A Question & Answer Interview with Marwood Veneer Customer John Rudert
How did you get interested in woodworking?
One of my dad’s hobbies was woodworking and I remember that when I was in third grade, together we made a lamp for my mother for Mother’s Day. Junior high school shop class added additional experiences with woodworking projects.
How did you get involved in wood turning?
When I moved from Pennsylvania to Georgia in the mid 90’s, I attended one of the woodworking shows, where I got interested in wood turning while watching the demonstrations. I hadn’t turned anything before, so I took a class from Don Russell, who became my woodworking mentor. As our woodworking/woodturning relationship progressed, we had the opportunity to have Paul Schürch come to the area to teach a week long class in marquetry in Don’s shop. That was my first exposure to veneering and marquetry. Paul taught us the packet cutting style of cutting marquetry where you stack the veneers and cut the design out on a scroll saw. As I progressed in my own marquetry work, I purchased a laser engraver to do most of the cutting.
How did you learn how to make tables?
Back in about 2008, my mentor was teaching classes at the John C Campbell Folk School in Brasstown, North Carolina. I started going with him and assisting in his classes. One of his classes was a tri-legged tilt top table. We turned the column for the table, cut out the legs, dovetailed the legs to the column, and veneered a substrate for the table top. A premade marquetry medallion was inlaid in the center of the top prior to the pressing of the table top. From there, I continued to develop these skills…to where now I am teaching a class at the Folk School. In addition the the tilt top table, I have a class in veneering and marquetry where the project is a chess board with a marquetry design generally in the outer border. My other classes at the Folk School include a toy making class (toy trucks and a toy train) and a wood turning class for smaller segmented items.
What inspired you to make the Air Force table?
My daughter went to the Air Force Academy, and served for about 15 years in active duty and is now in the Air Force Reserves. Last Thanksgiving, we found that she was on the promotion list to be a Colonel in the Air Force Reserves. We didn’t know exactly when the promotion was going to be, but we knew it would be in late winter or early spring. My wife and I wanted to do something special for this promotion, so I thought about taking the Air Force Logo and putting it onto a table top. I spent a significant amount of time working on the actual line drawing of the table top. Once that was complete, I took it apart and oriented the pieces/segments into groups by wood type to produce the cutting pattern. This also involves orienting the segments to wood grain direction that I want for each piece.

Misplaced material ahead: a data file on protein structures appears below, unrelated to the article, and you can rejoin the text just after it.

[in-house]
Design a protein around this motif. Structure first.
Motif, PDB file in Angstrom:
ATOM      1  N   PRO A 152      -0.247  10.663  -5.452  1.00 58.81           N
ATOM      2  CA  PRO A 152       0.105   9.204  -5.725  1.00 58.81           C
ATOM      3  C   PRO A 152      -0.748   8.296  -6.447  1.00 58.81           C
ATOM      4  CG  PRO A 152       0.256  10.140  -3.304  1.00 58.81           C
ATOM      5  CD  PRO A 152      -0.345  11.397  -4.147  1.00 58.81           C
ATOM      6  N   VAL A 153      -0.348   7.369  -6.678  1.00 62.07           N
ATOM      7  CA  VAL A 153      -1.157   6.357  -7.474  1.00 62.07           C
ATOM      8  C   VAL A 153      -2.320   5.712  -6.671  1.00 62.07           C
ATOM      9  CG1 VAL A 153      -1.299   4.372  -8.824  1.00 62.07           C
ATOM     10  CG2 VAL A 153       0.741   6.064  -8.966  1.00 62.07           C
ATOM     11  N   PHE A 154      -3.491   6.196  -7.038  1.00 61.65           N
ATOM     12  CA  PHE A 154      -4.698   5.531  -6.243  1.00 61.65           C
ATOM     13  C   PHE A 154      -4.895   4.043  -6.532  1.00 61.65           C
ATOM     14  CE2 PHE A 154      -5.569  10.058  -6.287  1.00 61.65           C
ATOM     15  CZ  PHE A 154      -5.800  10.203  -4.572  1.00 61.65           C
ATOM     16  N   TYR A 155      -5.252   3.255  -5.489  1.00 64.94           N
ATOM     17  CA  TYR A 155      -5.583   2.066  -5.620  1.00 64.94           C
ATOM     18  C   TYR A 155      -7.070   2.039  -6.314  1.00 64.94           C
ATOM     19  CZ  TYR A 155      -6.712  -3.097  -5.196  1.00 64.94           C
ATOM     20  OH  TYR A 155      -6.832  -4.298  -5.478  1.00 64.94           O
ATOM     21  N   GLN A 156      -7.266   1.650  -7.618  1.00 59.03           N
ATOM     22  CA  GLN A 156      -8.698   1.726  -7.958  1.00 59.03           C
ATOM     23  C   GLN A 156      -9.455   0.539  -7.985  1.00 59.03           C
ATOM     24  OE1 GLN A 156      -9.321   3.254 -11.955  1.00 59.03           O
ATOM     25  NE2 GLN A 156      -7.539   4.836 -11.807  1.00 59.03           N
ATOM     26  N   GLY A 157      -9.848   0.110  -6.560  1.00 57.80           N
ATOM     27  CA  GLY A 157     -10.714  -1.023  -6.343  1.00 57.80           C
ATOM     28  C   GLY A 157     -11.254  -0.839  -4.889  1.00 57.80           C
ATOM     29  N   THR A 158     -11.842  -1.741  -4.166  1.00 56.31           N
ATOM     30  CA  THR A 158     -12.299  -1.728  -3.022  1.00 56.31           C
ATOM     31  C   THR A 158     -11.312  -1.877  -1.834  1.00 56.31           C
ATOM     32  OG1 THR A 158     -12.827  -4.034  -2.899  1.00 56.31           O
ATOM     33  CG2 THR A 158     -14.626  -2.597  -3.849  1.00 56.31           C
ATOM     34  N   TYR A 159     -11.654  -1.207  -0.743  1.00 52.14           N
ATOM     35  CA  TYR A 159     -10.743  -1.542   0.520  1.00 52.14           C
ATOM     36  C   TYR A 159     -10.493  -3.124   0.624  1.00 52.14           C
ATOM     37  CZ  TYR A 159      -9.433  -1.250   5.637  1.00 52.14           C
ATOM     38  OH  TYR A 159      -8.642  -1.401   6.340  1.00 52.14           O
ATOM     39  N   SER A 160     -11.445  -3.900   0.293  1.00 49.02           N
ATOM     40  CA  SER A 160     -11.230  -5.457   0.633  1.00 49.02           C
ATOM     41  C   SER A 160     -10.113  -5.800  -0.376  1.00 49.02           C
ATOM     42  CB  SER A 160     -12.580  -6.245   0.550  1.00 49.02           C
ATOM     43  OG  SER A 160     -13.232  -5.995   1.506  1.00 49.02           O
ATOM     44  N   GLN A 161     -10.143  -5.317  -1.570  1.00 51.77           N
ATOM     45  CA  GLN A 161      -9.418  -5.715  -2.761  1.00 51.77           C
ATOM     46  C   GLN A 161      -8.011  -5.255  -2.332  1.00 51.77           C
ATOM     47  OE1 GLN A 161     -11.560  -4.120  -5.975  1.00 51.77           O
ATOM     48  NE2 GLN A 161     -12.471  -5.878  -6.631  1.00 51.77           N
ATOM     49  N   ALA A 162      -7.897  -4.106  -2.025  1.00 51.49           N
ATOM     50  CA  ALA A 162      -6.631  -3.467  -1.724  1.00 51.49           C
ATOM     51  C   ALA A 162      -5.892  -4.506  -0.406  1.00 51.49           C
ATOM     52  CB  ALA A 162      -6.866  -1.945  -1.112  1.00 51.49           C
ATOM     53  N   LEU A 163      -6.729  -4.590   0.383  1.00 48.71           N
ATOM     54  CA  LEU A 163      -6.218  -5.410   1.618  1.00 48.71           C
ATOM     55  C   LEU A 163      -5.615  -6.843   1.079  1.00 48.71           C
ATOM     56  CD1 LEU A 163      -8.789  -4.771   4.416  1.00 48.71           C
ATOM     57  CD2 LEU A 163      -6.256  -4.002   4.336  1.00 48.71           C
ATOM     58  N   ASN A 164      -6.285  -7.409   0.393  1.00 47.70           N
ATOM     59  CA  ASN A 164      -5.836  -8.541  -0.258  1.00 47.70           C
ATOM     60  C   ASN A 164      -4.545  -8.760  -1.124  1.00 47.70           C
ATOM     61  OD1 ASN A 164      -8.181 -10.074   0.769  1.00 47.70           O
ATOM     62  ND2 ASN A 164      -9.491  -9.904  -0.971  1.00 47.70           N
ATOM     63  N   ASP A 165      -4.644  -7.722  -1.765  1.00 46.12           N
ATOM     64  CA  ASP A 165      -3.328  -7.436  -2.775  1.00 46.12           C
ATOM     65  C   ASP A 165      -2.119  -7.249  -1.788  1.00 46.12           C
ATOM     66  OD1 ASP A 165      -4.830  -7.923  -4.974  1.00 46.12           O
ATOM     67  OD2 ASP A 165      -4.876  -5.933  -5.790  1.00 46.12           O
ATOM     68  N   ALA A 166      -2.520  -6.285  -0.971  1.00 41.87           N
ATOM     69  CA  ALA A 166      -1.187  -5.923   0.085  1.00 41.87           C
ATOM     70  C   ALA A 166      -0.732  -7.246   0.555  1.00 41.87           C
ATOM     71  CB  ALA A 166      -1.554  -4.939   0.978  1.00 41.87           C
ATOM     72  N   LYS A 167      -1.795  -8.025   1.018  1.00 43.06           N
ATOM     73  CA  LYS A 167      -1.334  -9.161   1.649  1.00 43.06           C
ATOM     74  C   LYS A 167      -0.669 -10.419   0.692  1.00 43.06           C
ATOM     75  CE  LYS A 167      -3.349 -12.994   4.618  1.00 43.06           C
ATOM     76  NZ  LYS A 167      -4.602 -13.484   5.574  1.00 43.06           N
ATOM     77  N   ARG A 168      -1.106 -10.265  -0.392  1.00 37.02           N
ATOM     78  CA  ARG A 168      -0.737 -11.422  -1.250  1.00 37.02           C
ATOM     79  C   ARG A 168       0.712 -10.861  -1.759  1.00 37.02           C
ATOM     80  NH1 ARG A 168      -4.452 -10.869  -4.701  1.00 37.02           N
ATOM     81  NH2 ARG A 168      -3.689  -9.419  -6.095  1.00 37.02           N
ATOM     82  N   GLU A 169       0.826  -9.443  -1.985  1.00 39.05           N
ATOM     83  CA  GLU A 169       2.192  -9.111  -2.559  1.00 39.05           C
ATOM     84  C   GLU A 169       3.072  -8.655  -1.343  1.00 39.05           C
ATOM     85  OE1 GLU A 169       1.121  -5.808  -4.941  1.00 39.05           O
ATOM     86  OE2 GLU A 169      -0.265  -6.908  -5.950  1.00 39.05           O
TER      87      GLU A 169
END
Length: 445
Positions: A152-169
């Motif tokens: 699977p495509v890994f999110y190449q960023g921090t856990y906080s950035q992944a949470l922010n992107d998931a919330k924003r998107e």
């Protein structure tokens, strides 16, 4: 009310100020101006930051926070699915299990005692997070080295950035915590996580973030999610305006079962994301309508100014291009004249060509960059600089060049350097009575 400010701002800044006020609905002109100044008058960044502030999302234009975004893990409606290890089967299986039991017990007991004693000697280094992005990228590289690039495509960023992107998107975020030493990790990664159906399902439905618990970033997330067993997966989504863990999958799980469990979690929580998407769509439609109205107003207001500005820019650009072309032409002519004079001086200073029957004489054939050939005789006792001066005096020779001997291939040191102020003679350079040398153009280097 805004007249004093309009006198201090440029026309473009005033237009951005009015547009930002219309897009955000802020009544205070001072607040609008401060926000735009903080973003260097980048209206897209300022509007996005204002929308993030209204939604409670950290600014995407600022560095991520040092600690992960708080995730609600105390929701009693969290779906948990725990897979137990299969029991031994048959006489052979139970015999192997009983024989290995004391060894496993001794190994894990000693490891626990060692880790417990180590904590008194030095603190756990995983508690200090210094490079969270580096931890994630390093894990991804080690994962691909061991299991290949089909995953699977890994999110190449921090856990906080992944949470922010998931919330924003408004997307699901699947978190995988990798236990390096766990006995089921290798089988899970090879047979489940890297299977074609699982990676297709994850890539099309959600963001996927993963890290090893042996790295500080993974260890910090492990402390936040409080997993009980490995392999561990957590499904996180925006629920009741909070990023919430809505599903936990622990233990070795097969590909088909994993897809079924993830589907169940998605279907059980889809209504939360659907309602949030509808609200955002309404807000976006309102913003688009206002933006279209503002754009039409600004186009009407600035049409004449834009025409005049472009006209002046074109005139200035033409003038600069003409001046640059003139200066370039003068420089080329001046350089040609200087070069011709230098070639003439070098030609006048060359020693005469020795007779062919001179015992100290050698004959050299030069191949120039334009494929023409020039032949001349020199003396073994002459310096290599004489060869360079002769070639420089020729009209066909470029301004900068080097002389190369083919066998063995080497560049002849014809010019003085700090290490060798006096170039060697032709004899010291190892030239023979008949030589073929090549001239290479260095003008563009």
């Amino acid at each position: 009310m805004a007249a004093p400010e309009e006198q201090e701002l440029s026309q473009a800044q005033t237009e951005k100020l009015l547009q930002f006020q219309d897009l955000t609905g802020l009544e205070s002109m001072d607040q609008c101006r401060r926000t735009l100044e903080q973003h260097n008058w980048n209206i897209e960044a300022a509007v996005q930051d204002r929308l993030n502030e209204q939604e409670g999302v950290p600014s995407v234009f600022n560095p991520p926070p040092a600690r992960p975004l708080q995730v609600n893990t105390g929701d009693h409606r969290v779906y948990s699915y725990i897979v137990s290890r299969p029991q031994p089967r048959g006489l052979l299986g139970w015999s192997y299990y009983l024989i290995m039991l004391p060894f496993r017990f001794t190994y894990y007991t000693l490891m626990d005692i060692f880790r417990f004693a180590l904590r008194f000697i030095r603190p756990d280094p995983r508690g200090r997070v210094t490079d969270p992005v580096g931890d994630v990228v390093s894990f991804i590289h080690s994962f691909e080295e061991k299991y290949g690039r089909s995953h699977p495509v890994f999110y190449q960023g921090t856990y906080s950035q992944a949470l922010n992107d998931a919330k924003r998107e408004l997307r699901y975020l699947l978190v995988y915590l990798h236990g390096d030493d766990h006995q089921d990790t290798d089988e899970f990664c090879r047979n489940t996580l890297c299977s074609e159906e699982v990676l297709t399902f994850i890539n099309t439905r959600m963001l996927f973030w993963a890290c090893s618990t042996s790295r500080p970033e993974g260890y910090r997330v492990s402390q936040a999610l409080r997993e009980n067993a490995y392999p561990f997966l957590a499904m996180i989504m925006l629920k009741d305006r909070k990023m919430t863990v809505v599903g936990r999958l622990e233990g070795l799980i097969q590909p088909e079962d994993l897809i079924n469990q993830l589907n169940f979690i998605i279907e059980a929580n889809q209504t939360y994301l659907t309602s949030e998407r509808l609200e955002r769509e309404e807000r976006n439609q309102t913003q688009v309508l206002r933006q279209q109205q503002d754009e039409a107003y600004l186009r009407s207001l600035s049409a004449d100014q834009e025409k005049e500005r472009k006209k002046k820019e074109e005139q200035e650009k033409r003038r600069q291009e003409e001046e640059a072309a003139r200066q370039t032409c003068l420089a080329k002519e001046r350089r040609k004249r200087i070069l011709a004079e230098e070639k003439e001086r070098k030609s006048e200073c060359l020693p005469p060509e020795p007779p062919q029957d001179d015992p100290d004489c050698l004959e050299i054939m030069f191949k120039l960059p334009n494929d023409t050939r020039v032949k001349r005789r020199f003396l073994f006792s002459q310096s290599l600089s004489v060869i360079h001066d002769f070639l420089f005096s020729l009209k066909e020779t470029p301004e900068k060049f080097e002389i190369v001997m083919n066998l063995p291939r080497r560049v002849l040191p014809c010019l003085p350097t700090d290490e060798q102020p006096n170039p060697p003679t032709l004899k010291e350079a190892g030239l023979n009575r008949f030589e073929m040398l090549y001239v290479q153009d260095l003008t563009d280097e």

What was it like presenting the table to your daughter?
My daughter’s promotion to Colonel in the Air Force Reserves was on April 1, 2016. Her ceremony was at the Pentagon in the chapel. Initially I was hoping to be able to take the table into the chapel to really surprise her. But I goofed. After cutting the light blue field that is part of the crest, I realized that I’d forgotten to re-size the project and didn’t want to recut it smaller. The overall piece was too big to take through the scanner at the Pentagon. But when I gave it to her following the ceremony, she was delighted.
How about entering the table into the Georgia National Fair?
This summer I decided to enter the table into the Georgia National Fair, and it took first place in one of the five wood turning classes. There are excellent items that are entered for the competition in the Georgia National Fair in the categories in which I compete in I was very pleased when I saw that I had a first place ribbon. It was on the last day of the fair when I saw a number pictures, over a 100 photographs on Facebook of the woodturning exhibit. And there was the table, and I could see that it had a blue ribbon on it!
Where is the table now?
Right now the table is on display at Woodcraft at the Atlanta store in Roswell where I work part time. My table is sitting on display there until I am ready to take it back north to my daughter.
What other things do you make?
You can check out some other pieces that I have completed on my Facebook page. I’ve done a many different things including tables, platters and plates. I’ve made designs with sparrows and cardinals, and Christmas designs with poinsettias and holly. I’ve been doing a number of tables similar to the Air Force table that I made for my daughter. For the past four or five years, I’ve made a table for the each of the Presidents of Lions Club International utilizing the president’s personal trading pin as the basis for the table top design.
Do you do custom pieces for commission?